The Justice Department has touted its success in prosecuting crypto-related faults for years. He has indicted individuals for deploying digital ransomware; shutting down child pornography websites that relied on virtual currency accounts; and dismantled the terrorist fundraising campaigns fueled by cryptocurrency donations. The government has also made public its recent success in seizing billions of dollars in cryptocurrency linked to illegal dark web activity, including ransomware payments. The DOJ has mainly focused on the criminal actors themselves, and not necessarily on the companies that facilitate illegal transactions of digital assets. This is now subject to change.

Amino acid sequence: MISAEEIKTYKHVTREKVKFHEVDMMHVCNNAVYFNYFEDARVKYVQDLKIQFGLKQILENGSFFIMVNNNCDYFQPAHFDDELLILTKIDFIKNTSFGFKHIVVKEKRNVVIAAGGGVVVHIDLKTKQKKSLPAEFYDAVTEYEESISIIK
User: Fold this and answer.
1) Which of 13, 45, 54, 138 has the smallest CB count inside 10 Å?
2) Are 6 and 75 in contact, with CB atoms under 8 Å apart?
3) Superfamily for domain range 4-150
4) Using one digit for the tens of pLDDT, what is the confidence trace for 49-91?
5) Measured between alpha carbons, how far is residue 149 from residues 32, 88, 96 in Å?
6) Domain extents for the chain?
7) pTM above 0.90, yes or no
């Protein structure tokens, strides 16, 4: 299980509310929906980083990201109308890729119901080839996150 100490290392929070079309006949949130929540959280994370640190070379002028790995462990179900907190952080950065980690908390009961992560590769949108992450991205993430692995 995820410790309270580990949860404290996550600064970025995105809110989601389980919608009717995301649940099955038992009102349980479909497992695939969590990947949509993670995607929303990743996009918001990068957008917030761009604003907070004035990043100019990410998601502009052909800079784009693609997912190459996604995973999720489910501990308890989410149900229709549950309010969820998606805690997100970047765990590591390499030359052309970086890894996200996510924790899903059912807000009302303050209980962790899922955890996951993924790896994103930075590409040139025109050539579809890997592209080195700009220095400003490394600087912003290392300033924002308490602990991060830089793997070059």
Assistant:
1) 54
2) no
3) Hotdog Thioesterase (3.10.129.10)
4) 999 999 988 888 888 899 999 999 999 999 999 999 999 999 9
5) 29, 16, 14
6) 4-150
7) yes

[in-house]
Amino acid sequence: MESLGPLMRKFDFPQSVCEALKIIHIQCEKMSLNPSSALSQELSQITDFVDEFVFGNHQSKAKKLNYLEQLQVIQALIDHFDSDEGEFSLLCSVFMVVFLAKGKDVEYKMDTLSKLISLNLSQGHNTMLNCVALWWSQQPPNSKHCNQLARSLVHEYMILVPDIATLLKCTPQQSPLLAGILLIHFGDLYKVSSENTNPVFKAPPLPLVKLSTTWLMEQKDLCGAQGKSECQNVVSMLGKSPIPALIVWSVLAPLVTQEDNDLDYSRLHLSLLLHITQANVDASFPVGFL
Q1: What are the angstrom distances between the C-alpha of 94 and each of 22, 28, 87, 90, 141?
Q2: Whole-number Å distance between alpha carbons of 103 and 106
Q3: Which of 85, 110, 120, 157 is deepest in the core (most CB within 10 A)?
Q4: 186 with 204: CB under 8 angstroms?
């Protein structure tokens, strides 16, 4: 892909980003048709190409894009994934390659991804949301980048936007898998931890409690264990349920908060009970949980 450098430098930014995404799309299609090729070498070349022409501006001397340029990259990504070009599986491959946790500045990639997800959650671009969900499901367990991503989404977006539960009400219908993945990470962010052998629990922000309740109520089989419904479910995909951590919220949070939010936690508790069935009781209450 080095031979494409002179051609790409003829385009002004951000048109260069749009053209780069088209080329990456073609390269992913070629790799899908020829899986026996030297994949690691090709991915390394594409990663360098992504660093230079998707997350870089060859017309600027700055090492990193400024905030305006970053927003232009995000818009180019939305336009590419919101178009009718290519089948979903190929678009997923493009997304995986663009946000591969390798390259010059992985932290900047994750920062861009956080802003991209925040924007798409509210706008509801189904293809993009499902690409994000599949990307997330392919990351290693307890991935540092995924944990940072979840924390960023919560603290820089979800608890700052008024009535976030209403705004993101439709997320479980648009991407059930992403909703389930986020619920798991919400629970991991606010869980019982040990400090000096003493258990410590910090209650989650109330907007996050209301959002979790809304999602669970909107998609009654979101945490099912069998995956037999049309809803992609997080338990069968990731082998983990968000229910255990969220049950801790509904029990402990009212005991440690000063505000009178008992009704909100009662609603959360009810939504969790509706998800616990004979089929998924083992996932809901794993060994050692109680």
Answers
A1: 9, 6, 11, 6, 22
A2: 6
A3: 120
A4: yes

On October 6, 2021, Deputy Attorney General Lisa Monaco announced the creation of a National Cryptocurrency Enforcement Team (NCET), a group of federal prosecutors from the Money Laundering Asset Recovery Section. Money (MLARS), Computer Crime and Intellectual Property Section (CCIPS), and other deputy U.S. prosecutors detailed from U.S. prosecutors’ offices across the country. The NCET stands ready to “investigate, support and prosecute cases against cryptocurrency exchanges, infrastructure providers and other entities that allow the misuse of cryptocurrency and related products to commit or facilitate criminal activity ”. This announcement represents a marked shift in focus from the criminal actors themselves towards the companies that the government believes are providing the services and technology in the crypto space to make crimes possible.